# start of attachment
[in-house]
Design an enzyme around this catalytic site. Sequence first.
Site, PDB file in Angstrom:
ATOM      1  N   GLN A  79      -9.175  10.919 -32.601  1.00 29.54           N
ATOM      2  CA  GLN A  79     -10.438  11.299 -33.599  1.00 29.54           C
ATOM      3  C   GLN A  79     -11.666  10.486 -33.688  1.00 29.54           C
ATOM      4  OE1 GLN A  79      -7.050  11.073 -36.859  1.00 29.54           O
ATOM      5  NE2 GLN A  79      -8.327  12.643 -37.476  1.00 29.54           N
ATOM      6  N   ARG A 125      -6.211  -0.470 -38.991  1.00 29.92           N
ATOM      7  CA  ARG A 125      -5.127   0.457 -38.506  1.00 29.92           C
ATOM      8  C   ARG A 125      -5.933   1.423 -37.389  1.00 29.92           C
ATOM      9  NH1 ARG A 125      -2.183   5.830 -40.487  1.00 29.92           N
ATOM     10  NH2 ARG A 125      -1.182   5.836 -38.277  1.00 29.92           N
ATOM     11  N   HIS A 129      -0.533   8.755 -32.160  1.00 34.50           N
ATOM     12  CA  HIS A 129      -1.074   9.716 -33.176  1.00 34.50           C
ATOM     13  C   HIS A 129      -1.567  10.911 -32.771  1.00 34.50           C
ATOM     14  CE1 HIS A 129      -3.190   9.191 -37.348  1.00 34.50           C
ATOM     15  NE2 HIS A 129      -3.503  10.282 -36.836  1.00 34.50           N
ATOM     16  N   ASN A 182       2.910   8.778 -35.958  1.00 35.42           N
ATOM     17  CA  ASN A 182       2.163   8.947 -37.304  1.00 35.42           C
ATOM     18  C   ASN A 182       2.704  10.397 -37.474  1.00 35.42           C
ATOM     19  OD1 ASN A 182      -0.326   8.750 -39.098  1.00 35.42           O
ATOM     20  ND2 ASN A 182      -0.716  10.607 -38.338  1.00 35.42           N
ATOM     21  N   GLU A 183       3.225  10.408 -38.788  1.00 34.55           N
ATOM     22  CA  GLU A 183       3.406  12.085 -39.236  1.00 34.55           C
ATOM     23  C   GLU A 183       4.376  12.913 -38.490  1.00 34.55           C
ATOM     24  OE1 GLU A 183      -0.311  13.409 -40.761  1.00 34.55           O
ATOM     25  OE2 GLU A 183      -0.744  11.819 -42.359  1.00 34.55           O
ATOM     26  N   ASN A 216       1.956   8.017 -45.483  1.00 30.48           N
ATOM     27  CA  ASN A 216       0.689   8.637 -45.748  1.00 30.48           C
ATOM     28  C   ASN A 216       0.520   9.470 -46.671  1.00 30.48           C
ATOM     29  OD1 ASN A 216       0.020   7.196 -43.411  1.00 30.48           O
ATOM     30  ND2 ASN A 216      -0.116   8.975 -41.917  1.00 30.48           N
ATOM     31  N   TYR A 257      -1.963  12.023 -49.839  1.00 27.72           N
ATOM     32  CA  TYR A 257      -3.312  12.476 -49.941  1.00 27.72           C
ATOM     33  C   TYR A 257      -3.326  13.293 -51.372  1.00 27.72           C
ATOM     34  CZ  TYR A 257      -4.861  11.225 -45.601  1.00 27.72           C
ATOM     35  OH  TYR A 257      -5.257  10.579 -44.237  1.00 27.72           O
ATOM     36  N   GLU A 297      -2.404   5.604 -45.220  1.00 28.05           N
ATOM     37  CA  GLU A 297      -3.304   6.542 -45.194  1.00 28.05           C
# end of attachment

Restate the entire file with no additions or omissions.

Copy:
[in-house]
Design an enzyme around this catalytic site. Sequence first.
Site, PDB file in Angstrom:
ATOM      1  N   GLN A  79      -9.175  10.919 -32.601  1.00 29.54           N
ATOM      2  CA  GLN A  79     -10.438  11.299 -33.599  1.00 29.54           C
ATOM      3  C   GLN A  79     -11.666  10.486 -33.688  1.00 29.54           C
ATOM      4  OE1 GLN A  79      -7.050  11.073 -36.859  1.00 29.54           O
ATOM      5  NE2 GLN A  79      -8.327  12.643 -37.476  1.00 29.54           N
ATOM      6  N   ARG A 125      -6.211  -0.470 -38.991  1.00 29.92           N
ATOM      7  CA  ARG A 125      -5.127   0.457 -38.506  1.00 29.92           C
ATOM      8  C   ARG A 125      -5.933   1.423 -37.389  1.00 29.92           C
ATOM      9  NH1 ARG A 125      -2.183   5.830 -40.487  1.00 29.92           N
ATOM     10  NH2 ARG A 125      -1.182   5.836 -38.277  1.00 29.92           N
ATOM     11  N   HIS A 129      -0.533   8.755 -32.160  1.00 34.50           N
ATOM     12  CA  HIS A 129      -1.074   9.716 -33.176  1.00 34.50           C
ATOM     13  C   HIS A 129      -1.567  10.911 -32.771  1.00 34.50           C
ATOM     14  CE1 HIS A 129      -3.190   9.191 -37.348  1.00 34.50           C
ATOM     15  NE2 HIS A 129      -3.503  10.282 -36.836  1.00 34.50           N
ATOM     16  N   ASN A 182       2.910   8.778 -35.958  1.00 35.42           N
ATOM     17  CA  ASN A 182       2.163   8.947 -37.304  1.00 35.42           C
ATOM     18  C   ASN A 182       2.704  10.397 -37.474  1.00 35.42           C
ATOM     19  OD1 ASN A 182      -0.326   8.750 -39.098  1.00 35.42           O
ATOM     20  ND2 ASN A 182      -0.716  10.607 -38.338  1.00 35.42           N
ATOM     21  N   GLU A 183       3.225  10.408 -38.788  1.00 34.55           N
ATOM     22  CA  GLU A 183       3.406  12.085 -39.236  1.00 34.55           C
ATOM     23  C   GLU A 183       4.376  12.913 -38.490  1.00 34.55           C
ATOM     24  OE1 GLU A 183      -0.311  13.409 -40.761  1.00 34.55           O
ATOM     25  OE2 GLU A 183      -0.744  11.819 -42.359  1.00 34.55           O
ATOM     26  N   ASN A 216       1.956   8.017 -45.483  1.00 30.48           N
ATOM     27  CA  ASN A 216       0.689   8.637 -45.748  1.00 30.48           C
ATOM     28  C   ASN A 216       0.520   9.470 -46.671  1.00 30.48           C
ATOM     29  OD1 ASN A 216       0.020   7.196 -43.411  1.00 30.48           O
ATOM     30  ND2 ASN A 216      -0.116   8.975 -41.917  1.00 30.48           N
ATOM     31  N   TYR A 257      -1.963  12.023 -49.839  1.00 27.72           N
ATOM     32  CA  TYR A 257      -3.312  12.476 -49.941  1.00 27.72           C
ATOM     33  C   TYR A 257      -3.326  13.293 -51.372  1.00 27.72           C
ATOM     34  CZ  TYR A 257      -4.861  11.225 -45.601  1.00 27.72           C
ATOM     35  OH  TYR A 257      -5.257  10.579 -44.237  1.00 27.72           O
ATOM     36  N   GLU A 297      -2.404   5.604 -45.220  1.00 28.05           N
ATOM     37  CA  GLU A 297      -3.304   6.542 -45.194  1.00 28.05           C